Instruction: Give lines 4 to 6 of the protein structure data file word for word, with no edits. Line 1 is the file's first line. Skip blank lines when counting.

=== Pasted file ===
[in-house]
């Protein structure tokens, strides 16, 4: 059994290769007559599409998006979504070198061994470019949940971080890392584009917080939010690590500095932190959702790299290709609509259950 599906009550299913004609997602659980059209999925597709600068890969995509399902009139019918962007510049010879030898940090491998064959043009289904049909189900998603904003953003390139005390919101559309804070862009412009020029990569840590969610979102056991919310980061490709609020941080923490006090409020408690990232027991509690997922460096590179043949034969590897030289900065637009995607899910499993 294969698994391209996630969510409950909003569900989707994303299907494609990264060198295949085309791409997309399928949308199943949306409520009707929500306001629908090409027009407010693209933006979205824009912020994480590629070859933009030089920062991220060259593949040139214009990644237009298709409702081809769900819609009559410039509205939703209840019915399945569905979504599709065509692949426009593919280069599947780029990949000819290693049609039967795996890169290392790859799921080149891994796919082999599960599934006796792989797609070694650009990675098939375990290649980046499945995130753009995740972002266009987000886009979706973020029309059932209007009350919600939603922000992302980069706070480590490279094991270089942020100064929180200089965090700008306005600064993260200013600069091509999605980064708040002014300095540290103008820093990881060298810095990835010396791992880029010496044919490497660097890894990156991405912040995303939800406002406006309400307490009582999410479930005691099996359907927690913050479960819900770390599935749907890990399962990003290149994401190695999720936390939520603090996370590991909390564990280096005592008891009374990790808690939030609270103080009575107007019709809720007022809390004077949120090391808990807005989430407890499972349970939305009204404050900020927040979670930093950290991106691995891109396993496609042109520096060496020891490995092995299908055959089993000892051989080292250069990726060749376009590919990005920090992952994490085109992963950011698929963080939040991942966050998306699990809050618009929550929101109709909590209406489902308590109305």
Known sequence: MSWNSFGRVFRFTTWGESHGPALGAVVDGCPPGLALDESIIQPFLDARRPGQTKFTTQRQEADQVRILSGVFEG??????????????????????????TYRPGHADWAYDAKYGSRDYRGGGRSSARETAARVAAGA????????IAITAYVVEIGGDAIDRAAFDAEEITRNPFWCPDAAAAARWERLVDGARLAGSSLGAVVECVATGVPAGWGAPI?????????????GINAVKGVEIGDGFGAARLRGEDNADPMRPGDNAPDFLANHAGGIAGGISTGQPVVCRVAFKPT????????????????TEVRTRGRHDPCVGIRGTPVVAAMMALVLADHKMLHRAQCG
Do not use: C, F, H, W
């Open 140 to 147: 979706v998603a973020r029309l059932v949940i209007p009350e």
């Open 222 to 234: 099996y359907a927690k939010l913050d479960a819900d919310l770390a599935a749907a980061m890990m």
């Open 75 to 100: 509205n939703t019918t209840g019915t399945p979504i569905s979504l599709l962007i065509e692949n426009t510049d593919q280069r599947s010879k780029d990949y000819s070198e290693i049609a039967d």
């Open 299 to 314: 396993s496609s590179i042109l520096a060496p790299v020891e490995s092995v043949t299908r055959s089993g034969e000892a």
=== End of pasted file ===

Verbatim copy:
Do not use: C, F, H, W
């Open 140 to 147: 979706v998603a973020r029309l059932v949940i209007p009350e």
């Open 222 to 234: 099996y359907a927690k939010l913050d479960a819900d919310l770390a599935a749907a980061m890990m």